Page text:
Pooled referral systems (often called central intakes) let family doctors chose whether to see a specific specialist or the next available one. Some pooled referral systems do triage before the patient is assigned to a specialist, and others assign them to the specialist, who then does triage afterwards.
“We’ve seen tremendous improvements in access for care through centralized intake,” says Danielle Martin, a family physician and vice-president of medical affairs and health systems solutions at Women’s College Hospital. Versions of central intakes are proliferating across the country.
Newfoundland and Labrador recently launched a central intake system for endoscopy services as part of a comprehensive overhaul that successfully reduced wait times; Ontario has had centralized intake for joint replacement since 2011. This fall, Quebec launched its new pooled referral system, which includes the nine most common specialties and will soon include 10 more. And Saskatchewan and Calgary each have a program.
While the evidence is not conclusive, “For those who practice in some sort of group environment, there’s absolutely no question that central referral is the answer,” says Anthony Graham, head of a new central intake system of cardiology at St. Michael’s Hospital.
When his group first switched to that practice, many specialists weren’t very aware of the difference in wait times, says Thomas Parker, physician-in-chief at St. Michael’s. “That was an eyeopener for many of us, both in terms of the duration of the wait time to see a specialist, but also the variability. There were people [on our team] who could see patients within seven days, and other people who could see people within eight months.”
From a queuing theory perspective, central intake makes sense. Chris Simpson, a cardiologist who also chaired the now-defunct national Wait Time Alliance, compares it to choosing your own line at the grocery store versus the single line at the bank.
Some argue that central intake undercuts the important personal relationships primary care providers develop with their networks of specialists. But others, like Rick Glazier, a family doctor at St. Michael’s Hospital’s Academic Family Health Team, argue that time has already passed. “The current consultation system is very impersonal,” he says. “I’ve been referring to people for the past 20 years, and I wouldn’t know them on the street. How do you run a health system based on personal relationships and who you know in a metropolitan area the size of the GTA?”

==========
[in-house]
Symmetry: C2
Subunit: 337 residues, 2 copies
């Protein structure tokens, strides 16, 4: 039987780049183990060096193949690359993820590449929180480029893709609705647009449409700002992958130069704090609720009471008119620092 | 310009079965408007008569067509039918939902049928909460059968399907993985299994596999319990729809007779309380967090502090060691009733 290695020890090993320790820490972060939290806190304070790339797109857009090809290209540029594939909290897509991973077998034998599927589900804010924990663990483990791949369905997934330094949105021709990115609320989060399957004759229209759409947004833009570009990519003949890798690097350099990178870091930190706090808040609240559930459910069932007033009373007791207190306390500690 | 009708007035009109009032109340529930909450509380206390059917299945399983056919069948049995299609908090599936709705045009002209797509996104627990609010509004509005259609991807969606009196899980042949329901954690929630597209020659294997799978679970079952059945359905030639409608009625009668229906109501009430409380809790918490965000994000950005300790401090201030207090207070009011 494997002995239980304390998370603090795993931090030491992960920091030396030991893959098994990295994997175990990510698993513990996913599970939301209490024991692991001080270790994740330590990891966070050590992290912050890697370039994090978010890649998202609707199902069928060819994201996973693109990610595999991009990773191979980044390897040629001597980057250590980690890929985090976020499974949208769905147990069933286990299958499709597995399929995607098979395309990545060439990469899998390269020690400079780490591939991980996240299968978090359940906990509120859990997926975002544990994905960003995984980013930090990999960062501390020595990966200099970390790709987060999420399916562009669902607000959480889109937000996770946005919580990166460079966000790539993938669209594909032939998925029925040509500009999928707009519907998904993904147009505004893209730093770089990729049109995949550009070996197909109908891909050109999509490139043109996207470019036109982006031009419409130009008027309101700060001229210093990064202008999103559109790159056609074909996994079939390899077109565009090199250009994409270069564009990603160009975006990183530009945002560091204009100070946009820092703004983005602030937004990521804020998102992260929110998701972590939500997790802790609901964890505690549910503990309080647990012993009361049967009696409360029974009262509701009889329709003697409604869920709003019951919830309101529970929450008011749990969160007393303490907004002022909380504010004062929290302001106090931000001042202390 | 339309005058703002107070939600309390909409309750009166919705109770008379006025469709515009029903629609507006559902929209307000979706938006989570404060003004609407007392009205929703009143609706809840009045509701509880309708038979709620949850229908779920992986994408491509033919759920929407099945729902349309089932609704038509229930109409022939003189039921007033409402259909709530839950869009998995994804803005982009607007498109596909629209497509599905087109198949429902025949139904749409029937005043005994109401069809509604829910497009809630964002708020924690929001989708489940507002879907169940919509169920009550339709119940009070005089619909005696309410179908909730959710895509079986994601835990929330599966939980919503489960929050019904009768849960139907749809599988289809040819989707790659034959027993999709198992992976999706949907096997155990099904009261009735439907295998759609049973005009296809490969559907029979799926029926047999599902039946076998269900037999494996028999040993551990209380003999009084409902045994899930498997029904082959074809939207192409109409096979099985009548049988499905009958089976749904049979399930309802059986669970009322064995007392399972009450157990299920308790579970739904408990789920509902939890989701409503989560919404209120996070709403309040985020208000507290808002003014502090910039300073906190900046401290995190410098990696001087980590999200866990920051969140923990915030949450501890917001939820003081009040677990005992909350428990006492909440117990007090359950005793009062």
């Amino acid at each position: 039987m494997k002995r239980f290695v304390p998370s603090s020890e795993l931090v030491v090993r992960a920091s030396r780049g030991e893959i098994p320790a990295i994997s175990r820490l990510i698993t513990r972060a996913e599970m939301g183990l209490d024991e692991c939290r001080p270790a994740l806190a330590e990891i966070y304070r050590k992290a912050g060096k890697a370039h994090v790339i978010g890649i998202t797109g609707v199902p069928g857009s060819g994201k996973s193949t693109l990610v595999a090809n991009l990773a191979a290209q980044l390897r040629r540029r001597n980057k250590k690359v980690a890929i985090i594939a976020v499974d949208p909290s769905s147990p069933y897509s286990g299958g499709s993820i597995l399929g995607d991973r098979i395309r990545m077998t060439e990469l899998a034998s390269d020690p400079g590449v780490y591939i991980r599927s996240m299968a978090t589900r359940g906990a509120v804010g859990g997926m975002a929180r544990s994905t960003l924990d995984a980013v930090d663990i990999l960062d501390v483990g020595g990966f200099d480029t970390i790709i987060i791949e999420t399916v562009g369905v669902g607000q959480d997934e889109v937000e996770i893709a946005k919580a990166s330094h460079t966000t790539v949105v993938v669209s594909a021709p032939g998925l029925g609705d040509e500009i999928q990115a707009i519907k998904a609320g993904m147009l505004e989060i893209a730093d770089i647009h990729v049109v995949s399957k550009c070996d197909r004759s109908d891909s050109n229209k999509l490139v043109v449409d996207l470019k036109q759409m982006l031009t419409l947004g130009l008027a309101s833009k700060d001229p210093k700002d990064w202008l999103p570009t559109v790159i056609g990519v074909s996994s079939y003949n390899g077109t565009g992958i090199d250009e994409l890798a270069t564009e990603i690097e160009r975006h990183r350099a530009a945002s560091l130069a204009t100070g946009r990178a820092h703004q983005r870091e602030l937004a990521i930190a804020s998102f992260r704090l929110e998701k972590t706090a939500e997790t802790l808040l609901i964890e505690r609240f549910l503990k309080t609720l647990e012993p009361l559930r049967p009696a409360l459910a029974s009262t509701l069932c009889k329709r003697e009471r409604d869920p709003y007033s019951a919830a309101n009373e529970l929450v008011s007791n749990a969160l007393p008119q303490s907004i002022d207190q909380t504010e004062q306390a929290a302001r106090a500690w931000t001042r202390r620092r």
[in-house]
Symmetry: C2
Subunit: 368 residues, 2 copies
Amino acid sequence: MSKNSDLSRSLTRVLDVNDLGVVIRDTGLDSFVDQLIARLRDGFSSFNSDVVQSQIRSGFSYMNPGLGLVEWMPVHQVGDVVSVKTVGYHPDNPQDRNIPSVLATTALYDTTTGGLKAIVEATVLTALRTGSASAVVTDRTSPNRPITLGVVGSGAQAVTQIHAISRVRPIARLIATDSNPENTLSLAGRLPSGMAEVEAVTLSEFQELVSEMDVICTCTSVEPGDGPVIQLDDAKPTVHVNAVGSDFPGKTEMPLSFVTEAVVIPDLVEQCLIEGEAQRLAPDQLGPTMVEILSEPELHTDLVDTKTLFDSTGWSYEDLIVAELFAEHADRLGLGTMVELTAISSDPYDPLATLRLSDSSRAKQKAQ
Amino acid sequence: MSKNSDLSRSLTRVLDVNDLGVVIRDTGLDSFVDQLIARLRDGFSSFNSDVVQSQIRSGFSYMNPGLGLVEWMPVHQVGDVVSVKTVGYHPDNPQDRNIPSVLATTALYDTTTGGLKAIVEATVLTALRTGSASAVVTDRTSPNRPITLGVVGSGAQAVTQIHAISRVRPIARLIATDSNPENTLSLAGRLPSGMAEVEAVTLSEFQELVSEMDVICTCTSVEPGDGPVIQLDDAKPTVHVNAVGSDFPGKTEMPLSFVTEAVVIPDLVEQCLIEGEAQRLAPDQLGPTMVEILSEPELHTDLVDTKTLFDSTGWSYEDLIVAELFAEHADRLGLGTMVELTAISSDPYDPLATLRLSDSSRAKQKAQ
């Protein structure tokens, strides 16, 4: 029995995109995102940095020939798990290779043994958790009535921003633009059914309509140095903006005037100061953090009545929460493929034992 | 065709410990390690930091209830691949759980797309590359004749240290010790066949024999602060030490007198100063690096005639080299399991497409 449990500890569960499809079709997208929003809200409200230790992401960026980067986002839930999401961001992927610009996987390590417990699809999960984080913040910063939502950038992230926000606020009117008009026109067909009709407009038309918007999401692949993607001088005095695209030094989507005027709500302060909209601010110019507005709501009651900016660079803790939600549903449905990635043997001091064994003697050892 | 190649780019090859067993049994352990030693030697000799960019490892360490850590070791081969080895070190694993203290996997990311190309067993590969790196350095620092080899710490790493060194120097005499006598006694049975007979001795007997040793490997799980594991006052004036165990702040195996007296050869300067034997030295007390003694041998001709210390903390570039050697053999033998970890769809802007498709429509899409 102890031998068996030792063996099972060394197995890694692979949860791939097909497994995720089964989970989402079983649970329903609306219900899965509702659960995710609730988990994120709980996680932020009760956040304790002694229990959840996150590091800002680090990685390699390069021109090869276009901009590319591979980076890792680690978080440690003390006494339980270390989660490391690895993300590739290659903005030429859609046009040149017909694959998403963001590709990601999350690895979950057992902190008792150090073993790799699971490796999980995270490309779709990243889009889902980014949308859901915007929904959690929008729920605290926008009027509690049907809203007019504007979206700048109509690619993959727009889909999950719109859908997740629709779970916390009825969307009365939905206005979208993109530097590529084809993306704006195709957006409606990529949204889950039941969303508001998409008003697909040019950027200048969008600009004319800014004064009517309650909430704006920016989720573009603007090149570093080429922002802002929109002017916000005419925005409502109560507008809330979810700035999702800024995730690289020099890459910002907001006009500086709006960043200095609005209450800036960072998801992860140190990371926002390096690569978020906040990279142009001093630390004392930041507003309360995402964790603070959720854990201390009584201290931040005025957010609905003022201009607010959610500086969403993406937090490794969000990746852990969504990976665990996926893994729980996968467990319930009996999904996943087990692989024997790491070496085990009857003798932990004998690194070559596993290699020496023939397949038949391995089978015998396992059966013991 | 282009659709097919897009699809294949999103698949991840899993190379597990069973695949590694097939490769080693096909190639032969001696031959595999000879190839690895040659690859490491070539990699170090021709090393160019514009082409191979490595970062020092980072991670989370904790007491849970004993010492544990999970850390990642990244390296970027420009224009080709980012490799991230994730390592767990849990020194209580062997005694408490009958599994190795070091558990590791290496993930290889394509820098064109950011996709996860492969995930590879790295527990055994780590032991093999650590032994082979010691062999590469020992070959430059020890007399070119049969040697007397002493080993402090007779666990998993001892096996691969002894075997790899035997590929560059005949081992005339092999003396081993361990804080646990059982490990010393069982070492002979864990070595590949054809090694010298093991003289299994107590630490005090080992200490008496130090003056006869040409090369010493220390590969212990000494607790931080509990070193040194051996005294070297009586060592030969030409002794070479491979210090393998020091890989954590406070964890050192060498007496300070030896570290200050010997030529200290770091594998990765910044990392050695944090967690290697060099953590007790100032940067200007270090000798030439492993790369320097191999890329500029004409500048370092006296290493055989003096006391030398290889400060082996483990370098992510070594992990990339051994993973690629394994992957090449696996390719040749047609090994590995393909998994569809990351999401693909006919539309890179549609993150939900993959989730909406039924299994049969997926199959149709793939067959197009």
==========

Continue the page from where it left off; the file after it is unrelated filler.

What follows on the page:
Can wait times be fixed?
All four of these models will help reduce wait times and streamline the process. That goal is incredibly important, says Larsen. “This is one area where we have the trifecta…it helps patients, it benefits providers, and it definitely helps the system.”
But there are challenges. Canada is notorious for being a land of pilot projects in health care, where good ideas aren’t scaled well. For systems like this, where getting buy-in from many professionals is crucial, that problem is especially important to overcome.
And there’s another layer to all of this: We also have resource problems, with too few specialists in some areas, unequal distributions, and poor operating room availability all factoring in. We’ll explore those issues and more in two weeks, in our final part of this series.
The comments section is closed.
Hi, I am from Ontario. My husband’s CT scan showed a lump hinting towards cancer. the specialist asked to get biopsy and few other tests done, which are completed. Its almost a month now with getting all tests done. My family doctor is on 3 week medical leave owing to his surgery. the specialist on and off goes on vacation and is not available until next week.
Given the seriousness of the situation, I am not sure, why is there no one to give priority to such diagnosis. Isn’t it dangerous to put a patient’s health risk, given that they are suspecting cancer and we do not know the impact of it.
What measures do I take to ensure quick feedback and treatment. Last week my husband’s condition worsened and we rushed him to emergency. They checked all the vitals and send us back. I do not even have the reports to go to some other doctor,
I have been waiting since May 27th of this year to get into see an orthopaedic surgeon and I am getting really frustrated with the Medical System. This is ridiculous that people have to wait this long to see a surgeon. I should have seen one when I visted the hospital when my knee gave out.